The enemy of your enemy is only your friend until he becomes your enemy, too. Strategic allies initially, indie sub-subcultures had by the mid-��90s developed distinct aesthetic programs, and technique was a central point of divergence. As a consumer, a producer, and a would-be mediator between the two, I don’t feel like that divergence has been adequately addressed. Critics have clung to the old binary, eliding meaningful distinctions in order to preserve the sanctity of indie über alles. Sub-appellations like “math rock” are either pejorative or taken for granted as such. (Pitchfork’s Matt LeMay summarized the problems with Don Cab’s ill-fated 2006 reunion album thusly: “Long story short, this is Don Caballero’s first math-rock album.”) An anti-technique disposition continues to manifest itself in criticism, despite unmistakable signs of a reappraisal of technique by indie musicians, and the emergence of less chops-averse audiences.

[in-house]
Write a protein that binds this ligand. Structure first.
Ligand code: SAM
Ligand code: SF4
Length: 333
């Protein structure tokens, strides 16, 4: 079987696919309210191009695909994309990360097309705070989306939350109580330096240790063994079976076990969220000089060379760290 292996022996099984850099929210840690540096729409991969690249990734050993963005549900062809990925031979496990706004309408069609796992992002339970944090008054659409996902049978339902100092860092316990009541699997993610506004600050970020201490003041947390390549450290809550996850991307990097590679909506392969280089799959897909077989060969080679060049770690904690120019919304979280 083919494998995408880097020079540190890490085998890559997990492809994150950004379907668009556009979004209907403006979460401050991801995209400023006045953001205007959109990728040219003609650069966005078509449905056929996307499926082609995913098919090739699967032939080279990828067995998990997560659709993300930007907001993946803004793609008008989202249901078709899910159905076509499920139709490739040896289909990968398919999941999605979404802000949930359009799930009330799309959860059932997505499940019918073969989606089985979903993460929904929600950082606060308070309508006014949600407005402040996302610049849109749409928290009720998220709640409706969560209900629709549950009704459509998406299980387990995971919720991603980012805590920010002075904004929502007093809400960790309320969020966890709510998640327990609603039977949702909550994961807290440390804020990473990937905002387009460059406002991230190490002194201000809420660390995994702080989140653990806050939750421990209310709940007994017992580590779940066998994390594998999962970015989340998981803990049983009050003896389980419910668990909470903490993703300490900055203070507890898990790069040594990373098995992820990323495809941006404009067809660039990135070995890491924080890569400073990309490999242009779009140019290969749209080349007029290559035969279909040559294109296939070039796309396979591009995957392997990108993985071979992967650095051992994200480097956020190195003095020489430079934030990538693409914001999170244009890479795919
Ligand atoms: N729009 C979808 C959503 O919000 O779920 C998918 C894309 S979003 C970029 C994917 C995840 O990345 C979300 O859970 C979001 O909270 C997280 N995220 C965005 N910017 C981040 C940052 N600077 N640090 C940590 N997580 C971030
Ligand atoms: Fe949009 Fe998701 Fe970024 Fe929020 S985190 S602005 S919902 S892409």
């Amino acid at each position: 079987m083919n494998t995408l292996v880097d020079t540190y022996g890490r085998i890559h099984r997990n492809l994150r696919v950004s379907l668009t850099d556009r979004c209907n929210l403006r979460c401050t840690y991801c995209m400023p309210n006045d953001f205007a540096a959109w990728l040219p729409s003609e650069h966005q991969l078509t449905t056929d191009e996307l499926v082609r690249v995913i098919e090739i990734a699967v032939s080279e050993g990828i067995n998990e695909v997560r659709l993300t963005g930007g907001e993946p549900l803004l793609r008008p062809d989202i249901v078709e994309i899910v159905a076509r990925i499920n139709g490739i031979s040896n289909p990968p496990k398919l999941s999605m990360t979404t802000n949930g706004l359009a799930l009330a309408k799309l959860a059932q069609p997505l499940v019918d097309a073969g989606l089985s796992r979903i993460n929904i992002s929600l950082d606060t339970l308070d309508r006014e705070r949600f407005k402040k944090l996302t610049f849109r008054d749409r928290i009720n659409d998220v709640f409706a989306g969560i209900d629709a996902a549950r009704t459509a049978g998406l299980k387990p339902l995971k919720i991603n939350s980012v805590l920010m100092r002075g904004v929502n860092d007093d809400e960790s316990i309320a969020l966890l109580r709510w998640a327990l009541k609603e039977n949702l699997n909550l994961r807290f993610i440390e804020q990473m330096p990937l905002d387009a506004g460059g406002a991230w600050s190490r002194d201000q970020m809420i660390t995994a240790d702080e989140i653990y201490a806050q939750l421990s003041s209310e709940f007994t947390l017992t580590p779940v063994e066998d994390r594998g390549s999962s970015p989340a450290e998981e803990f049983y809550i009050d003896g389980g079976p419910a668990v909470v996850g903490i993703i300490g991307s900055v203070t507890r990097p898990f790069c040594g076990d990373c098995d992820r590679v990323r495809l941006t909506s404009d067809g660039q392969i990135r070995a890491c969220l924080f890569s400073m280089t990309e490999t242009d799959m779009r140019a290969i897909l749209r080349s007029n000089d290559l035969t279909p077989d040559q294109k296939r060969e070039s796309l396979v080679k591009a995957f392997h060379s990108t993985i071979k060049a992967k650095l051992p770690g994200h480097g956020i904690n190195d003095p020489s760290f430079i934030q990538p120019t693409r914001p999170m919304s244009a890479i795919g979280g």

Maybe critics back down from technique because they feel like they’re getting in over their heads. That would make total sense, considering (1) not all rock critics have suffered formal technical training, and (2) those who have can be dicks about it. Hence the intimidation, and hence (maybe) the anti-chop prejudice into which it’s sometimes displaced. Totally logical. And yet somewhat odd: Insecurity over lack of direct personal experience rarely impedes rock critics’ claims to authority. How many of us have ever written a four-part harmony? How many have tried to produce a dozen songs worth of lyrics at a go? How many have played more than one instrument? Many, many, and many, yes, but hardly all. Now find me ten reviews that don’t venture to make some sort of authoritative comment on melody, lyrics, or instrumentation. Rigorous, institutionalized, academic knowledge just isn’t a prerequisite for writing rock criticism. Never has been. The history of rock criticism, from Meltzer and Bangs down through the present, would look entirely different (and probably less awesome) otherwise.